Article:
After Leicester unrest, Labour leader Keir Starmer says ‘Hinduphobia has absolutely no place’ in UK

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United Kingdom Labour Party chief Keir Starmer on Wednesday said that “Hinduphobia has absolutely no place in our society” and urged everyone to fight it together, PTI reported.

His made the comments while addressing a Navratri celebration in London following clashes between Hindus and Muslims in Leicester last month. An India-Pakistan T20 cricket match on August 28 is believed to have triggered the unrest.

While diaspora organisations in the UK claim that the disorder reflects Hinduphobia, or hate crimes targeting Hindus, Leicestershire Police’s temporary chief constable Rob Nixon told the BBC on September 20 that misinformation on social media had played a “huge role” in contributing to the tensions in the city.

Experts told Thomson Reuters Foundation that most of the incendiary tweets, rumours and lies originated from India. The top hashtags used by accounts from India said #HindusUnderattackinUK and #HindusUnderAttack, a BBC investigation showed.

The city’s mayor, Peter Soulsby, had also attributed the recent events to social media disinformation. Moreover, almost of those arrested in connection with the violence came from outside the county, The Guardian reported.

On Wednesday, Starmer told hundreds of British Indians that he was determined to put an end to “divisive politics” and extremist elements who are exploiting social media to spread hatred among communities.

“I know that many people are targeted based on their religion and there’s been a rise in hate crimes in recent years,” the Opposition Labour leader added. “I’m so tired of our divisive politics. I’m saddened by the division we have seen on the streets of Leicester and Birmingham in recent weeks…We must all together stand firm against all attempts to spread hate.”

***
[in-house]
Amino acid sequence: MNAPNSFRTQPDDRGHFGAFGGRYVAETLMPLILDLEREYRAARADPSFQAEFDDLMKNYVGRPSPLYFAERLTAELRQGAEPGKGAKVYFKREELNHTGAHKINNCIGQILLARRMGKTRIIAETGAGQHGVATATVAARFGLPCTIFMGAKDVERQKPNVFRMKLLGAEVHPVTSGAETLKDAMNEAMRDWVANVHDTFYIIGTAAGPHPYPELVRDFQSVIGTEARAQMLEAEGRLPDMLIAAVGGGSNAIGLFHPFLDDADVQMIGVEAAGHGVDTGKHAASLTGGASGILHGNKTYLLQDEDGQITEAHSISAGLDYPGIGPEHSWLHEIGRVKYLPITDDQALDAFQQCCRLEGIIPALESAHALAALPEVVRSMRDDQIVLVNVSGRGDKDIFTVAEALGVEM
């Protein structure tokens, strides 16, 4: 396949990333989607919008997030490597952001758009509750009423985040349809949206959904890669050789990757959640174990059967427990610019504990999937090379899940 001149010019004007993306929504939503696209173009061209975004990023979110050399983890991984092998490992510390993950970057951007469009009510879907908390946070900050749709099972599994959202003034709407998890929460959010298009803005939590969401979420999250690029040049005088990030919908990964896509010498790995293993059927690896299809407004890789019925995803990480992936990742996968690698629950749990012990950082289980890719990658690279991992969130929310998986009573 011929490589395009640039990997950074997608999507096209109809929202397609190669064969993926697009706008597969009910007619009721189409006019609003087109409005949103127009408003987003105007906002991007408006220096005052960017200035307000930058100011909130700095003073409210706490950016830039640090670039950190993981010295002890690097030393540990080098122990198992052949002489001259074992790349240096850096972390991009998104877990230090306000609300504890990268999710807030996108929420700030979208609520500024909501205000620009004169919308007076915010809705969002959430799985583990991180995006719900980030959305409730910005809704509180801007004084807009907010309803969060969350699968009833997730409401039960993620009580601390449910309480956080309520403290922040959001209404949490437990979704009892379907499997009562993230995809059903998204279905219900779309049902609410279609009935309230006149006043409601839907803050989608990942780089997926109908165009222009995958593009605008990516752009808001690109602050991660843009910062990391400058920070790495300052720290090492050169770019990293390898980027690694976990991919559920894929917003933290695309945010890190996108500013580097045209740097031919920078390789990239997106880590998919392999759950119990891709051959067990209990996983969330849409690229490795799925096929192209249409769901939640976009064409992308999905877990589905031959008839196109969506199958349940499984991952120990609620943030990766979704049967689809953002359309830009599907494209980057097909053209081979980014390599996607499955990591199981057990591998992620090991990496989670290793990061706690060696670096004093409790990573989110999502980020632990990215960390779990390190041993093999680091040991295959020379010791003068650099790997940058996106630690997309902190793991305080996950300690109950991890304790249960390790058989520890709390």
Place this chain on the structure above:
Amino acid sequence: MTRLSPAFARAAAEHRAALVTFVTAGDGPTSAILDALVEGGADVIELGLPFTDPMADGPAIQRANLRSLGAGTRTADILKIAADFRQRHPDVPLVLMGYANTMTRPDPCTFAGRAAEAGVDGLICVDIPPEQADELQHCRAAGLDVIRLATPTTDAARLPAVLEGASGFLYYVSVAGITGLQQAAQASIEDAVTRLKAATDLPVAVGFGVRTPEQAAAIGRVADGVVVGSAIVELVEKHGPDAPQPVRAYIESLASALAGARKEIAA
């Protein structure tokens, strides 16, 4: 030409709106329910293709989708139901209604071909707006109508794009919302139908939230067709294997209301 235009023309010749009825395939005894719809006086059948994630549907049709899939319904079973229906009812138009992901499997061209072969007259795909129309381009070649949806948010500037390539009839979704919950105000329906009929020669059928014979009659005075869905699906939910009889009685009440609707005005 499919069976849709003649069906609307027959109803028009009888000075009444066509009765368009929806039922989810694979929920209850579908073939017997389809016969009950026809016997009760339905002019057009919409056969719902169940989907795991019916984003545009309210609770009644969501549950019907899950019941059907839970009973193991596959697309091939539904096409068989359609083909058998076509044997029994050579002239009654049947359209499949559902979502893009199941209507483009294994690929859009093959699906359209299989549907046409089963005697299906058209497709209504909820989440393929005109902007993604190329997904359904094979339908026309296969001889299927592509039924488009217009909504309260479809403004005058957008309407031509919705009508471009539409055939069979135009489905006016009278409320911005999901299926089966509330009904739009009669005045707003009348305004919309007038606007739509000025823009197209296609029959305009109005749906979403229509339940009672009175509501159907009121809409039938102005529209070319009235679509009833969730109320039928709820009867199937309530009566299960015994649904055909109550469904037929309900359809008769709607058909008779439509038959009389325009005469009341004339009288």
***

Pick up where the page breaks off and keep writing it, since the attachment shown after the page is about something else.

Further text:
The violence in Leicester had raised concerns with one of the city’s MP warning that it could spread beyond this area.

Videos on social media showed a man pulling down a flag outside a Hindu temple in Leicester, exacerbating the tensions.

On September 19, the Indian High Commission in London had sought immediate action against those involved in the unrest.

However, while criticising the violence, the High Commission only mentioned the “vandalisation of premises and symbols of Hindu religion”, even though videos on social media showed that the Muslim community had also been attacked.

Days later, the Muslim Council of Britain had criticised the Indian High Commission in London for speaking only about the attacks on Hindus in Leicester.

“British Indian communities expect a balanced view from the Indian High Commission, which represents all of the diaspora, which can help heal divisions locally,” the body had said in a statement.


Also read: As Leicester tries to understand its recent unrest, impact of global Hindutva cannot be ignored


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